A federal judge has ruled that the multistate mortgage settlement does not bar a lawsuit by the government against Wells Fargo (WFC) over its lending practices before and after the financial crisis.
The suit, filed in New York in October by the U.S. Attorney's office in Manhattan, may proceed, Judge Rosemary Collyer of the U.S. District Court in Washington ruled on Tuesday. The Justice Department charges the nation's fourth-biggest bank by assets with wrongdoing in connection with loans insured by the Federal Housing Administration over roughly a decade beginning in May 2001.
Wells Fargo contended that a $25 billion pact the judge approved in April among Wells Fargo, Bank of America (BAC), Citigroup (NYSE:C), JPMorgan Chase (JPM), Ally Financial, the Justice Department and 49 states bars the lawsuit.
As part of the settlement, Wells Fargo agreed to pay $5 billion and to take varied steps to help borrowers at risk of foreclosure in exchange for the government's releasing the company from certain liability.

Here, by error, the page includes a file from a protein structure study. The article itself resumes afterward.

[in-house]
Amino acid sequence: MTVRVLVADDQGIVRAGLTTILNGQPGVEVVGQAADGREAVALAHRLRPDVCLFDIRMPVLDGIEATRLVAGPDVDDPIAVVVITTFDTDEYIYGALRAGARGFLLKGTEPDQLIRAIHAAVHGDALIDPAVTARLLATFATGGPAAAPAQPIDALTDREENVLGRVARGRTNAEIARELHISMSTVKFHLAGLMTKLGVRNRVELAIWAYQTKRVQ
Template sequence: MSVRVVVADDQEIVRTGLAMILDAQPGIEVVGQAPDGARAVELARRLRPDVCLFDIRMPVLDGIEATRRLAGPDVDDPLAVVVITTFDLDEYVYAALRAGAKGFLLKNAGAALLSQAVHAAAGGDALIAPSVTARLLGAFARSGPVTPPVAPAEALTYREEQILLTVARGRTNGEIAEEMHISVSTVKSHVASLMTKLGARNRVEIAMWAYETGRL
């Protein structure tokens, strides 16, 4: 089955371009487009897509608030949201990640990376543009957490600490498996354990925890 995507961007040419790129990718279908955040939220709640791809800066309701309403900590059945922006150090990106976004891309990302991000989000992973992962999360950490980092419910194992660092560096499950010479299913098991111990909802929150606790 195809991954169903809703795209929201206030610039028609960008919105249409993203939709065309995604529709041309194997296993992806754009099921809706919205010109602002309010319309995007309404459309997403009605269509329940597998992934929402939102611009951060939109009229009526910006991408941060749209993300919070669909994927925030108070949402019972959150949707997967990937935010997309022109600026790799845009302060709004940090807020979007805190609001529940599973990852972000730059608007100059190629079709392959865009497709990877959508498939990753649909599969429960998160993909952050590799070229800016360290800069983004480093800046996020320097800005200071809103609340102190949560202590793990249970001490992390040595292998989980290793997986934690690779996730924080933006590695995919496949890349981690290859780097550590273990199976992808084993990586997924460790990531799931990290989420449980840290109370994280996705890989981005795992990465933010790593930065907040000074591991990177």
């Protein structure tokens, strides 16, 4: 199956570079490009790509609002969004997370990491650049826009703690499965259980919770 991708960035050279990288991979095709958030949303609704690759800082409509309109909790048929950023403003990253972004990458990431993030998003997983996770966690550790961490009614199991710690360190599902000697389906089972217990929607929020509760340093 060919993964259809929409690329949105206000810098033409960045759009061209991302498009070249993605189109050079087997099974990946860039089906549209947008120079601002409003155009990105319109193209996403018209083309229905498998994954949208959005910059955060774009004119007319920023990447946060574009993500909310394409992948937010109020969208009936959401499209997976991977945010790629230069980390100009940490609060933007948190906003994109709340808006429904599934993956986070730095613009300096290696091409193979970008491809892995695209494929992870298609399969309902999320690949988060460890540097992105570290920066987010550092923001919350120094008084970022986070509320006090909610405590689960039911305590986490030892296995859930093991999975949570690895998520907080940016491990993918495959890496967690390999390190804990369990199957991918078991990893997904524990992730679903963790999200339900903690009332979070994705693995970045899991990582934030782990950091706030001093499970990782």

The settlement "wiped the slate clean for Wells Fargo in terms of facing any further liability to the United States (except in carefully crafted, narrow circumstances) for a wide range of Wells Fargo conduct relating to its FHA mortgage loan portfolio, among other areas," Wells' lawyers wrote in court papers filed with Collyer, who approved the settlement.
According to Wells Fargo, the settlement barred the government from bringing additional cases against the bank based on the FHA program unless the government could show that an individual Wells underwriter certified falsely that a specific loan met FHA eligibility requirements,
The company contended that the Justice Department's charges related to allegedly false certifications by the company and not to individual certifications.
Collyer disagreed, interpreting the settlement as authorizing the government to sue Wells Fargo based on allegedly illegal conduct, including violations of FHA requirements, so long as the charges are not based solely on false annual certifications. "The plain language of the release governs and it does not have the meaning ascribed to it by Wells Fargo." Collyer wrote.
"Wells Fargo respectfully disagrees with the court's interpretation of the scope of the release, and is considering its options regarding appeal," Wells Fargo spokeswoman Mary Eshet said in an email.
Ellen Davis, a spokeswoman for the U.S. attorney's office, declined to comment.